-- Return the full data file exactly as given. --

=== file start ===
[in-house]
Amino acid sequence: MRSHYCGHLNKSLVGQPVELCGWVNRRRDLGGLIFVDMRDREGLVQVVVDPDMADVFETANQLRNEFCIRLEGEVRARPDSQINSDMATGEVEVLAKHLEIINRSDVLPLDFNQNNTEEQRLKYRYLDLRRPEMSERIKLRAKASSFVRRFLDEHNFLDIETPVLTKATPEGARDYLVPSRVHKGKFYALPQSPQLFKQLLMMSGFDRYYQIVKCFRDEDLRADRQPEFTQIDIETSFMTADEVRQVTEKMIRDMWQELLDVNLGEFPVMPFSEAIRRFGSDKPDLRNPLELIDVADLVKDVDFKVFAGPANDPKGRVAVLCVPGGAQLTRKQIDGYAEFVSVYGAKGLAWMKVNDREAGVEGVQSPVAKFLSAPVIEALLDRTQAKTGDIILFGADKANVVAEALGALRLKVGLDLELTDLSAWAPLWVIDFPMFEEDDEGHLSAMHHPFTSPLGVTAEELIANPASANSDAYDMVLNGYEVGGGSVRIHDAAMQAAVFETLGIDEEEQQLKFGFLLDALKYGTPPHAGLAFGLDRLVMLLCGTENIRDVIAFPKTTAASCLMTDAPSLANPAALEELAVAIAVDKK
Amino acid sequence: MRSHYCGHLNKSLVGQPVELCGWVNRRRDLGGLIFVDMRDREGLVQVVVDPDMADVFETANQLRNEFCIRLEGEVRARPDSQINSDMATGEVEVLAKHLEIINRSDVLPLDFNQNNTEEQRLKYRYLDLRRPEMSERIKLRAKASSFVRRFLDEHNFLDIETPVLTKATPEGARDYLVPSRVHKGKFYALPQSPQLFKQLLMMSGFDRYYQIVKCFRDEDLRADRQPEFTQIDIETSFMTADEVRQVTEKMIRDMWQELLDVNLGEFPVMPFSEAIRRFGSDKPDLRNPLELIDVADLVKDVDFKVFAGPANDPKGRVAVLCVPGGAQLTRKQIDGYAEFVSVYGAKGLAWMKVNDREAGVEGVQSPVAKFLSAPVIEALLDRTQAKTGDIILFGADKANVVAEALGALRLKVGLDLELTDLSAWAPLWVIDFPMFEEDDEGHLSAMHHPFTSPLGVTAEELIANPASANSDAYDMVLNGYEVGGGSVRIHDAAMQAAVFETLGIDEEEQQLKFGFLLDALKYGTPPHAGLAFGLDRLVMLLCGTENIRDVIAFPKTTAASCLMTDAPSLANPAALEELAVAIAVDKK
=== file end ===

[in-house]
Amino acid sequence: MRSHYCGHLNKSLVGQPVELCGWVNRRRDLGGLIFVDMRDREGLVQVVVDPDMADVFETANQLRNEFCIRLEGEVRARPDSQINSDMATGEVEVLAKHLEIINRSDVLPLDFNQNNTEEQRLKYRYLDLRRPEMSERIKLRAKASSFVRRFLDEHNFLDIETPVLTKATPEGARDYLVPSRVHKGKFYALPQSPQLFKQLLMMSGFDRYYQIVKCFRDEDLRADRQPEFTQIDIETSFMTADEVRQVTEKMIRDMWQELLDVNLGEFPVMPFSEAIRRFGSDKPDLRNPLELIDVADLVKDVDFKVFAGPANDPKGRVAVLCVPGGAQLTRKQIDGYAEFVSVYGAKGLAWMKVNDREAGVEGVQSPVAKFLSAPVIEALLDRTQAKTGDIILFGADKANVVAEALGALRLKVGLDLELTDLSAWAPLWVIDFPMFEEDDEGHLSAMHHPFTSPLGVTAEELIANPASANSDAYDMVLNGYEVGGGSVRIHDAAMQAAVFETLGIDEEEQQLKFGFLLDALKYGTPPHAGLAFGLDRLVMLLCGTENIRDVIAFPKTTAASCLMTDAPSLANPAALEELAVAIAVDKK
Amino acid sequence: MRSHYCGHLNKSLVGQPVELCGWVNRRRDLGGLIFVDMRDREGLVQVVVDPDMADVFETANQLRNEFCIRLEGEVRARPDSQINSDMATGEVEVLAKHLEIINRSDVLPLDFNQNNTEEQRLKYRYLDLRRPEMSERIKLRAKASSFVRRFLDEHNFLDIETPVLTKATPEGARDYLVPSRVHKGKFYALPQSPQLFKQLLMMSGFDRYYQIVKCFRDEDLRADRQPEFTQIDIETSFMTADEVRQVTEKMIRDMWQELLDVNLGEFPVMPFSEAIRRFGSDKPDLRNPLELIDVADLVKDVDFKVFAGPANDPKGRVAVLCVPGGAQLTRKQIDGYAEFVSVYGAKGLAWMKVNDREAGVEGVQSPVAKFLSAPVIEALLDRTQAKTGDIILFGADKANVVAEALGALRLKVGLDLELTDLSAWAPLWVIDFPMFEEDDEGHLSAMHHPFTSPLGVTAEELIANPASANSDAYDMVLNGYEVGGGSVRIHDAAMQAAVFETLGIDEEEQQLKFGFLLDALKYGTPPHAGLAFGLDRLVMLLCGTENIRDVIAFPKTTAASCLMTDAPSLANPAALEELAVAIAVDKK